COPENHAGEN • Danske Bank A/S shareholders, who’ve lost more than 40% on their investment this year, are looking to a brighter future after the lender took another step to purge its leadership.
Denmark’s largest bank last Friday replaced its chairman following October’s ouster of its CEO, as it seeks to atone for its role in one of Europe’s biggest money laundering scandals.
“We’re on the right track,” Jens Munch Holst, the CEO of shareholder MP Pension, said on the sidelines of last Friday’s EGM in Copenhagen.
“We’ll likely pay more attention to the share and stay closer to the management and talk more to them then we would in other situations.”
At the EGM, Danske’s shareholders picked Karsten Dybvad, an economist who heads Denmark’s biggest industry association, as chairman. Dybvad “is completely different” from the departing Ole Andersen, said Anton Grau Larsen, co-author of a comprehensive study of Denmark’s power elite that ranked Dybvad as No 2.
“We hope Dybvad will aid our dialogue with authorities which we expect will take up considerable time in the coming years,” Robert Maersk Uggla, the head of AP.Moller Holding, which owns about one-fifth of Danske, said at the EGM. Uggla also said he hopes that the board and the management now will “establish Danske Bank as the best bank in the Nordic region for society, clients and shareholders”.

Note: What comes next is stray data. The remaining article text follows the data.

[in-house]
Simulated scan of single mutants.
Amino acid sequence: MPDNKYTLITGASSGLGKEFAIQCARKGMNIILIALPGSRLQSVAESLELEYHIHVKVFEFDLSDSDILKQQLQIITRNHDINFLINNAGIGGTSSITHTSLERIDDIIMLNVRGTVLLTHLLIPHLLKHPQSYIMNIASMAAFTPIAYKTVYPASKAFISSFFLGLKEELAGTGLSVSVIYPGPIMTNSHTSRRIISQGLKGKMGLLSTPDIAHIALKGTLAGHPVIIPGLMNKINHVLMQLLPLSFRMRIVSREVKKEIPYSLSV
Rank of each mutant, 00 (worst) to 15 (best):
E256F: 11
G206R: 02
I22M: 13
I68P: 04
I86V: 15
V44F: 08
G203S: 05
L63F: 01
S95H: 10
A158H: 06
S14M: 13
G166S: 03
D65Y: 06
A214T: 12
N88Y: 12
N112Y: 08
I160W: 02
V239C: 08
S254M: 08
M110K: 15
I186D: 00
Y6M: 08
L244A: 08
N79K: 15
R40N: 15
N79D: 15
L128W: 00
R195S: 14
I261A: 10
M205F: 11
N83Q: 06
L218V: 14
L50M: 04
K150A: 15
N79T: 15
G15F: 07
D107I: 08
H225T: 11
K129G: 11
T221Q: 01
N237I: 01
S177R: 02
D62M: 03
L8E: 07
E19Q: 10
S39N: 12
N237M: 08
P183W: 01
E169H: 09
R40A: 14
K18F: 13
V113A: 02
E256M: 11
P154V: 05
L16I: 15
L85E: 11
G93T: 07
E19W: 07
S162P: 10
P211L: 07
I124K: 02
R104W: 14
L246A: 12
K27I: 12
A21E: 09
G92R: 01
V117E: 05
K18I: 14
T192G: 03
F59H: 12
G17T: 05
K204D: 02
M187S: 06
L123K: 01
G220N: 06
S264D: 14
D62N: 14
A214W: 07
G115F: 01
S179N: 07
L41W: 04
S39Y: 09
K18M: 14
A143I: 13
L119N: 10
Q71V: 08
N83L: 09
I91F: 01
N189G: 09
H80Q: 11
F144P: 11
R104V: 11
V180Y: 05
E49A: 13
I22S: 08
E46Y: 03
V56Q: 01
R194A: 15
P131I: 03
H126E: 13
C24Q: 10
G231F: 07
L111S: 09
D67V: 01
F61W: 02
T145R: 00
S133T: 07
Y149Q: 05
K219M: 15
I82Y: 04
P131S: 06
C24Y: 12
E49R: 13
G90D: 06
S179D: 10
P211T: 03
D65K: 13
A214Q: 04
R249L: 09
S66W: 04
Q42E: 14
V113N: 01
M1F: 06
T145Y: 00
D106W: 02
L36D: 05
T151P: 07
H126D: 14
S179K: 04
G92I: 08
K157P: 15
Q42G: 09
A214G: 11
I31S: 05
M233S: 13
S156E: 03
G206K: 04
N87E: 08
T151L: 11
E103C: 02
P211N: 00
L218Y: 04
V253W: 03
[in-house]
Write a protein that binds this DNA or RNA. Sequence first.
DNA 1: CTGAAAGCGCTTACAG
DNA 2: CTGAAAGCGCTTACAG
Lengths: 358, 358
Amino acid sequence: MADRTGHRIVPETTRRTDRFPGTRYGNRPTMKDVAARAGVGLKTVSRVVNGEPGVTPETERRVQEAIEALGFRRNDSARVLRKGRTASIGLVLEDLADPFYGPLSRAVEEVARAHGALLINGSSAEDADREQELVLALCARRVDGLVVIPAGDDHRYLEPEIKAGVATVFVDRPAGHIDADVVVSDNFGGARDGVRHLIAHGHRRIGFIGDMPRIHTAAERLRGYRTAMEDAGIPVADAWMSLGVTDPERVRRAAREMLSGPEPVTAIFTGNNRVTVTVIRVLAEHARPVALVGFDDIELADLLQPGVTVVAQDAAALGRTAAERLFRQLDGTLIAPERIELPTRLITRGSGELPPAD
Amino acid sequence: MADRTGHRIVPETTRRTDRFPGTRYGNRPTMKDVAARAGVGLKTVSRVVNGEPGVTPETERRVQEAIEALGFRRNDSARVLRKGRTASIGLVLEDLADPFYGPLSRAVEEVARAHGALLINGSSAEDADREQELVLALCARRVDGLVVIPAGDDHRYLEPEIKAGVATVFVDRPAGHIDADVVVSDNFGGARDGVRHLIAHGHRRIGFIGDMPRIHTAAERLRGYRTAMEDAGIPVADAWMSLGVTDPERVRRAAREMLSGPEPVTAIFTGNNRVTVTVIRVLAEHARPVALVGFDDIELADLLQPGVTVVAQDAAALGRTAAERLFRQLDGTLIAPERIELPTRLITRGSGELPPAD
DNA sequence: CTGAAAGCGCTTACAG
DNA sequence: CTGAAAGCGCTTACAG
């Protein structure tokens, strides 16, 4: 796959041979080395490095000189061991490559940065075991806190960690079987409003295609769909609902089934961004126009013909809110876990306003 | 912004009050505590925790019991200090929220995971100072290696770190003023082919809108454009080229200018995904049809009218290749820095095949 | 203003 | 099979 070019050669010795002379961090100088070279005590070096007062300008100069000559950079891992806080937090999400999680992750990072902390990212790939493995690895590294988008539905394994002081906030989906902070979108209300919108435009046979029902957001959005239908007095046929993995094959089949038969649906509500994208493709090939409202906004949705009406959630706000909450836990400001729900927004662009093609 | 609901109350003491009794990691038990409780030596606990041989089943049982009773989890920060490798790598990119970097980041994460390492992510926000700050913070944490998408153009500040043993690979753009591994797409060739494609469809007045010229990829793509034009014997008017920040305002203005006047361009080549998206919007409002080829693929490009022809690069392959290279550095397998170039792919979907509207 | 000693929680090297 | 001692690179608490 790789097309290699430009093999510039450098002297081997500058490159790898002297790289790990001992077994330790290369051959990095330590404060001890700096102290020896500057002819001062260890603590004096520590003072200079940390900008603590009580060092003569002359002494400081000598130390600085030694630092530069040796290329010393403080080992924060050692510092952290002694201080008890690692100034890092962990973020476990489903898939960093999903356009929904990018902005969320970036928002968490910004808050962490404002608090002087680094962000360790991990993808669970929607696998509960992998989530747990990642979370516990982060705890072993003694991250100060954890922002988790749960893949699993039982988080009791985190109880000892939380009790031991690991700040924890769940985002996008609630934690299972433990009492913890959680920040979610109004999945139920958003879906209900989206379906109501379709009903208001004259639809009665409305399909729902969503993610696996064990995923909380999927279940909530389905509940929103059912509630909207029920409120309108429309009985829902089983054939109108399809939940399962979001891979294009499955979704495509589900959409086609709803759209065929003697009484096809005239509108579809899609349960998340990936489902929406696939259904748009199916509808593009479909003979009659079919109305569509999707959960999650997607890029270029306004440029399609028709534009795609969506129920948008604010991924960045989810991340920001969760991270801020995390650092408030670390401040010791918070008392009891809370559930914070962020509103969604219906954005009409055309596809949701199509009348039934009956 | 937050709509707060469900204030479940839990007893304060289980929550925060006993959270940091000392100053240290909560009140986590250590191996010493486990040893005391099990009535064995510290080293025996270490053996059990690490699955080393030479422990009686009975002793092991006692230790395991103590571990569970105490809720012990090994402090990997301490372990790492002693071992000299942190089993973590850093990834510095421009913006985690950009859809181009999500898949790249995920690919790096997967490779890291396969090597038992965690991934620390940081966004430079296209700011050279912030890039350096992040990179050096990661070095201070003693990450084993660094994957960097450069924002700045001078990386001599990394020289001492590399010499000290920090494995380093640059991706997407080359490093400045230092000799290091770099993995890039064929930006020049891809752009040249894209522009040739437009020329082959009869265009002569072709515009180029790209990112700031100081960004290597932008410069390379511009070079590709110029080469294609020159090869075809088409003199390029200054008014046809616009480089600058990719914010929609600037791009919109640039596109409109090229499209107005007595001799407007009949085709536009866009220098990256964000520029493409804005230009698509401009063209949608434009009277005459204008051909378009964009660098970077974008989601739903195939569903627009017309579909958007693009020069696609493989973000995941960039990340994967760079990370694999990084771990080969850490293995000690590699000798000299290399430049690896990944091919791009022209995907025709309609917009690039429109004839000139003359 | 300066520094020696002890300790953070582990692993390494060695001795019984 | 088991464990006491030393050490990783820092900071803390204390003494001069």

Danske has admitted that much of about US$230 billion (RM959.1 billion) that flowed through a tiny Estonian unit in 2007-2015 was probably illicit in origin. Whistle-blower testimony suggests the unit became a go-to money laundering shop for clients from the former Soviet Union eager to shovel their wealth into the West.
Last Friday’s EGM “was a good thing for shareholder democracy”, Mikael Bak, CEO of the Danish Shareholders’ Association, said in an interview. “It’s the first step of many towards a future that will hopefully be brighter than what the bank has gone through in recent years.”
Dybvad told Bloomberg that the bank’s priority is to earn the trust of the public and its customers and then the stock market will follow.
“I hope that it will go hand in hand, that the regaining of trust in Danske Bank will be transferred to investors who will also believe in Danske Bank again,” he said.
Andersen’s departure sweeps the board clean of the last non-employee members who were seated during the laundering and the first failed attempts to stop it. Two will step down when their terms end in March.
The board now needs to form “a strategy for the future”, Allan Polack, the CEO of shareholder PFA Pension, said. — Bloomberg